Journal Logo

APPLIED SCIENCES

Home-based Physical Activity to Alleviate Fatigue in Cancer Survivors: A Systematic Review and Meta-analysis

HUIZINGA, FAMKE1; WESTERINK, NICO-DERK LODEWIJK1; BERENDSEN, ANNETTE J.1; WALENKAMP, ANNEMIEK M. E.2; DE GREEF, MATHIEU H. G.3; OUDE NIJEWEEME, JULIËT K.1; DE BOCK, GEERTRUIDA H.4; BERGER, MARJOLEIN Y.1; BRANDENBARG, DAAN1

Author Information
Medicine & Science in Sports & Exercise: December 2021 - Volume 53 - Issue 12 - p 2661-2674
doi: 10.1249/MSS.0000000000002735

Abstract

Exercise oncology has been an upcoming field since around the turn of the century (1). It has led to valuable insights into the favorable role of physical activity (PA) on physical health (2–4) and quality of life (5,6) in cancer survivors. Enhancing PA in this group is warranted because only 20%–30% meet guideline recommendations for activity levels (7,8).

PA may play an essential role in alleviating long-term adverse effects related to cancer or its treatment. Patients frequently encounter symptoms caused by physical deconditioning and problems with psychosocial and mental health (9). Fatigue, depression, and anxiety are three frequently reported symptoms after treatment, with 30%–40% of cancer survivors experiencing fatigue (10–12) and 21% experiencing depression or anxiety (12–14). Results of studies implementing PA interventions show that these can reduce symptoms of fatigue (5,15,16), depression (17,18), and anxiety (5,19). Observational studies have also associated higher levels of PA with lower symptoms of fatigue, depression, and anxiety (20–22).

Despite the beneficial effects, participation in PA interventions is generally low, with fewer than half of eligible participants engaging (23–25). Frequently reported barriers include a lack of time, a lack of motivation or confidence to exercise, feeling unwell or tired, or the PA not meeting a patient’s preferences (26,27). Consequently, study outcomes only apply to participants who have completed the program and not to those who drop out or refuse to participate. PA interventions are also frequently performed at a specific location, and the required travel time can result in them not participating (26). Home-based PA interventions have therefore been introduced to address the various barriers to PA and thereby help to reach more cancer survivors. In these interventions, participants exercise at a self-chosen time and location at or around their own home and without direct supervision. Because of the high accessibility, low costs, and self-monitoring, home-based PA interventions may lead to higher participation and adherence. Furthermore, interventions of low to moderate intensity may be used to target a larger group of cancer survivors.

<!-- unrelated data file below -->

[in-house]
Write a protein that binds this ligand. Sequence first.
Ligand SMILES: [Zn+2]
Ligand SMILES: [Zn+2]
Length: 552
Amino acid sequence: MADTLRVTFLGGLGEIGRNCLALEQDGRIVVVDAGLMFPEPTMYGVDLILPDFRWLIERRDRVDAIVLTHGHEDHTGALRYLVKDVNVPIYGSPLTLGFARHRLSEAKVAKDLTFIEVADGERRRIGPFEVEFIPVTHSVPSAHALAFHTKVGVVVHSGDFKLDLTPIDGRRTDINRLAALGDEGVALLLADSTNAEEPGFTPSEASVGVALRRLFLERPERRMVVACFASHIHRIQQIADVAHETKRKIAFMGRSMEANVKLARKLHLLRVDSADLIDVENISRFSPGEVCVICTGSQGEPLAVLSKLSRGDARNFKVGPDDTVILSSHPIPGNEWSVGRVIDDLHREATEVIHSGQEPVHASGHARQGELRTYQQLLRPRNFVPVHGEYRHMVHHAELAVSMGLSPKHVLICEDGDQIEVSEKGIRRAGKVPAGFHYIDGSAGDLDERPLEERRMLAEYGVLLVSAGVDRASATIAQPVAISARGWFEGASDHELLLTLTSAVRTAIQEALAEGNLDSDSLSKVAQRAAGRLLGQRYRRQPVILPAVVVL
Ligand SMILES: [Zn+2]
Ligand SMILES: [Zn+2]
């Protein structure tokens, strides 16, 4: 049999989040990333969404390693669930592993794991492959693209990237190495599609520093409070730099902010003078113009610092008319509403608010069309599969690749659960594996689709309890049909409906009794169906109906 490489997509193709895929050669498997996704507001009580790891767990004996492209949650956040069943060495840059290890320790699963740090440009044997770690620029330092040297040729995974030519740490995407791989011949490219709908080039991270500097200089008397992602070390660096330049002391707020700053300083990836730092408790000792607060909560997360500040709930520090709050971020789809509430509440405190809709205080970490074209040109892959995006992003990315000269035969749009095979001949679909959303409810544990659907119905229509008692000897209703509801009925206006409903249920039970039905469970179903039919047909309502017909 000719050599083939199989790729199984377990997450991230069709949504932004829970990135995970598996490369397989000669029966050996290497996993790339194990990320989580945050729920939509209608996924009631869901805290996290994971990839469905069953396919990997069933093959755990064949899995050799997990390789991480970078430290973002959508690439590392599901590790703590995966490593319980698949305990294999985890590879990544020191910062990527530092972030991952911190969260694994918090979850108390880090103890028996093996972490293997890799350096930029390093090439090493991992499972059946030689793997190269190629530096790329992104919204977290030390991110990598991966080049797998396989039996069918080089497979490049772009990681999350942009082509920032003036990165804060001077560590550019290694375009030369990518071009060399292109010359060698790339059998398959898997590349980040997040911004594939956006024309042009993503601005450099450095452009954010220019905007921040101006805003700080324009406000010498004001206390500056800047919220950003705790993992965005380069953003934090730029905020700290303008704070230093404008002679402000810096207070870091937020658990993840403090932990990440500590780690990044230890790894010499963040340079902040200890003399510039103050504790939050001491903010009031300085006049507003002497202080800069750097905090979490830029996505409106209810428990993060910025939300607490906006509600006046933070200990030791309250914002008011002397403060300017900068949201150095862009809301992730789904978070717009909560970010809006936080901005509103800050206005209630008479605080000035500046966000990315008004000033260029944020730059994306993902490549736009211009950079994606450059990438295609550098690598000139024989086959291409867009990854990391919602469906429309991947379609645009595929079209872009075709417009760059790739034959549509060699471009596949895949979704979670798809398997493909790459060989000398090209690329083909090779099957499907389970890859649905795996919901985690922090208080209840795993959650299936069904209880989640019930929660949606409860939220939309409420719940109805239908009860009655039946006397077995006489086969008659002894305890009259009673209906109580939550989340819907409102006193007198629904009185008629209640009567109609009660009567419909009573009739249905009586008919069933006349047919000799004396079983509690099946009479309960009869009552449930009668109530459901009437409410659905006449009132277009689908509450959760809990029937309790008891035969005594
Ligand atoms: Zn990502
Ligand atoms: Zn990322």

To date, no reviews have synthesized the effects of home-based PA interventions on fatigue, depression, or anxiety among cancer survivors. Existing reviews of home-based PA interventions either included survivors of breast cancer only (28) or did not evaluate the effects on fatigue, depression, or anxiety (4). The aim of this systematic review was to assess the effect of home-based PA interventions that are of low to moderate intensity on symptoms of fatigue, depression, and anxiety in adult cancer survivors.